(2) Prevalence of infection. Determine the biotic and abiotic factors that potentially regulate the prevalence of infection with Borrelia burgdorferi Start Printed Page 49575sensu stricto in questing populations of nymphal Ixodes scapularis and Ixodes pacificus. Factors that are subject to examination include habitat types and host species distributions. The usefulness of an Ecological Risk Index (ERI) should be included. The correlation between an ERI and human cases is subject to examination. Along the eastern United States, a cline of infection prevalence in nymphal Ixodes scapularis ticks has been observed, with high infection prevalence in northern hyperendemic regions and low infection prevalence in southern regions. Determination of what factors influence this cline of infection prevalence should examine the role of reptiles as zooprophylactic hosts diverting larval ticks from feeding on more reservoir competent hosts such as rodents, the influence of overall host diversity of infection prevalence in tick populations, and the importance of the genetic composition of vector tick populations in maintaining spirochete enzootic cycles. Also, the role of transovarial transmission and cofeeding on infection prevalence should be addressed.

(3) Spirochete diversity. Determine the diversity of spirochetes in populations of Ixodes scapularis and Ixodes pacificus and how this diversity affects the ecologic risk of transmission of pathogenic Borrelia to people. In addition to Borrelia burgdorferi sensu stricto, the genetic type associated with human Lyme disease in North America, other genetic types of spirochetes have been found to be circulating in Ixodes tick populations, including Borrelia bissettii, Borrelia andersoni, and other as yet uncharacterized variants. The degree to which these diverse genetic types of spirochetes interact in nature and influence the transmission of pathogenic Borrelia to people should be subject to examination. The affect of spirochete genetic diversity on efforts to determine the overall ecologic risk of spirochete transmission to people should be addressed. The degree to which estimates of ecologic risk should be based solely on the prevalence of Borrelia burgdorferi sensu stricto versus other genetic types of Borrelia burgdorferi and should be addressed.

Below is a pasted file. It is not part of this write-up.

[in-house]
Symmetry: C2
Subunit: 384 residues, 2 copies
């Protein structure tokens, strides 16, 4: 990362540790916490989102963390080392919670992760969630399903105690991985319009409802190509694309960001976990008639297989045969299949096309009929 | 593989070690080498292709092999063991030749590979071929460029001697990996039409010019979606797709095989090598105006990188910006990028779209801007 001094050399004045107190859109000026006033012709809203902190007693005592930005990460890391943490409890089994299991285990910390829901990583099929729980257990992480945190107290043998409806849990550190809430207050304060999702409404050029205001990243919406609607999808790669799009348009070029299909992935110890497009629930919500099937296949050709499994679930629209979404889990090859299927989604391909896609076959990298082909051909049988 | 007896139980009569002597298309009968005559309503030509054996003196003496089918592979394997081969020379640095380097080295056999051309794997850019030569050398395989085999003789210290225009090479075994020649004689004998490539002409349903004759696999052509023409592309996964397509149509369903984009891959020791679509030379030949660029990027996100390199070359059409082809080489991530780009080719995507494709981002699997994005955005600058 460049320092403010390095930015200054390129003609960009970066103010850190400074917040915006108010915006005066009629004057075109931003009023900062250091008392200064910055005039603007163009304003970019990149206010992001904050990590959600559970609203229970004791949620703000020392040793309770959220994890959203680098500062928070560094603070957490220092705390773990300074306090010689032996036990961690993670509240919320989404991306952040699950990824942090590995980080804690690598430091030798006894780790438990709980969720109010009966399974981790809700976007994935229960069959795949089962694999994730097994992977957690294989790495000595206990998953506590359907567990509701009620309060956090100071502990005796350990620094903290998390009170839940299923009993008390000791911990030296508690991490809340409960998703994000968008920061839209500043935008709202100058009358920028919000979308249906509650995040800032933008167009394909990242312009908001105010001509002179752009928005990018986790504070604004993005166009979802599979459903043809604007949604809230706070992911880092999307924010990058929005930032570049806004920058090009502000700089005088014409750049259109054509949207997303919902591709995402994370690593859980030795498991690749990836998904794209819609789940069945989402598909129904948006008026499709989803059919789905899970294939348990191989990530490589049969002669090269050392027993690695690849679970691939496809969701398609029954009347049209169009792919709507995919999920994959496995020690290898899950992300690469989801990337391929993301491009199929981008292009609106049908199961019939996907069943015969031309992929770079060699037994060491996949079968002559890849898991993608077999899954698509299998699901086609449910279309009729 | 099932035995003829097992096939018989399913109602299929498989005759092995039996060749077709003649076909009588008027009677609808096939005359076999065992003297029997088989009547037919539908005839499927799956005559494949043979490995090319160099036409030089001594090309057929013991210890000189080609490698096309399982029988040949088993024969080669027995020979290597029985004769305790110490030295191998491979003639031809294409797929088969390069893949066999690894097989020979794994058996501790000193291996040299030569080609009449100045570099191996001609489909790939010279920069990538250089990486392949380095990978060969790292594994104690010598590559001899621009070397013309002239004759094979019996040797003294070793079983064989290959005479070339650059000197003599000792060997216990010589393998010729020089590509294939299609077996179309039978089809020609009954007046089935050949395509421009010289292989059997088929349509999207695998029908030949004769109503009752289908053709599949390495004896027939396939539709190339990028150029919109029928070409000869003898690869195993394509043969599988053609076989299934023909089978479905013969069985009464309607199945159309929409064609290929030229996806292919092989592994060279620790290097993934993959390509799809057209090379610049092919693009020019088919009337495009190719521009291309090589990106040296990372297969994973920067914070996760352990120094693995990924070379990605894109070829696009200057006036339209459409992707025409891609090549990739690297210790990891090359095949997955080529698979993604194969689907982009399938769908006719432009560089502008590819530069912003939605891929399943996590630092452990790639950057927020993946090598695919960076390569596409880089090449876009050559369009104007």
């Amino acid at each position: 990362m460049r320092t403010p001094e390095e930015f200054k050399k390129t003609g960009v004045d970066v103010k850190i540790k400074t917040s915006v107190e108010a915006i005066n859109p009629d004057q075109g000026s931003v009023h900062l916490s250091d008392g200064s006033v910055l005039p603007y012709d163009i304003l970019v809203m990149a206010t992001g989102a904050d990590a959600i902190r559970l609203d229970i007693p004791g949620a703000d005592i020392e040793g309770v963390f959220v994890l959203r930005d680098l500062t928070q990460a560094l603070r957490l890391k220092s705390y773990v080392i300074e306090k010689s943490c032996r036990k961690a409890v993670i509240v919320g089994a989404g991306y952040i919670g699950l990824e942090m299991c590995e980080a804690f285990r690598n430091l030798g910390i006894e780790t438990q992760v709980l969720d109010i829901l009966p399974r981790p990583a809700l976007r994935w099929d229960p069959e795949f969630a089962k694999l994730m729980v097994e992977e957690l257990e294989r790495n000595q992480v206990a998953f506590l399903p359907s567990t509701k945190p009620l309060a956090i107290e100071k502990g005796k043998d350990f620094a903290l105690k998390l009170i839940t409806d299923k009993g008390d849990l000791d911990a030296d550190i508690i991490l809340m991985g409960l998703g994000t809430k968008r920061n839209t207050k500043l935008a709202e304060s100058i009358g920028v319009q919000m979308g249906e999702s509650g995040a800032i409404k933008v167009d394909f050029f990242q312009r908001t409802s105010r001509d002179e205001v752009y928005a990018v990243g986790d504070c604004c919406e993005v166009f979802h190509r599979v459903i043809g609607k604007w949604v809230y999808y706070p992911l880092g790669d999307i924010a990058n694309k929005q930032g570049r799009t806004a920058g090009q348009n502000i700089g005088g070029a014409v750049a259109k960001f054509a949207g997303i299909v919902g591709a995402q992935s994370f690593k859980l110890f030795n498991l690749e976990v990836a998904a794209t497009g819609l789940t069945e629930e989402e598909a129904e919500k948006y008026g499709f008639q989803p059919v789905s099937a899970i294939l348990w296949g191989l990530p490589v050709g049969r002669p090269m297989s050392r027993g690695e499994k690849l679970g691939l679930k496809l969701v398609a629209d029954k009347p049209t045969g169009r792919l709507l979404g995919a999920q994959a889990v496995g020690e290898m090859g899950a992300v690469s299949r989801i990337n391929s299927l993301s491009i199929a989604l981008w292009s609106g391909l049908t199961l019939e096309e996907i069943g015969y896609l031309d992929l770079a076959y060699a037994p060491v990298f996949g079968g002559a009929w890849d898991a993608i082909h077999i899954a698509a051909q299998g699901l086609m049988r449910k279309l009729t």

(4) Borrelia lonestari. Describe the enzootic cycle of Borrelia lonestari and evaluate the risk of transmission of this spirochete to people exposed to the bites of Amblyomma americanum ticks. Borrelia lonestari has been characterized by PCR as a spirochete infecting Amblyomma americanum ticks associated with rash related illnesses in the southern United States. This spirochete has not been cultured, and the reservoir hosts for these spirochetes have not been defined. Description of methods for culturing and further characterizing these spirochetes should be pursued. In addition, the reservoir hosts that serve to maintain this spirochete in nature should be addressed. Finally, the extent to which ticks infected with B. lonestari spirochetes contact people should be subject to evaluation.

(5) Tick distribution and dispersal. Describe the factors that potentially influence the distribution and dispersal of populations of Ixodes scapularis and Ixodes pacificus. The presence or absence of these vector ticks has been determined on a county by county basis for the entire United States. This distribution is dynamic, with ticks actively dispersing to new regions. The factors associated with this dispersal should be determined, including role of habitat type and host availability. The factors determining dispersal of each stage of the tick (larval, nymphal, and adult) as well as the dispersal of Borrelia burgdorferi associated with these tick populations should be evaluated.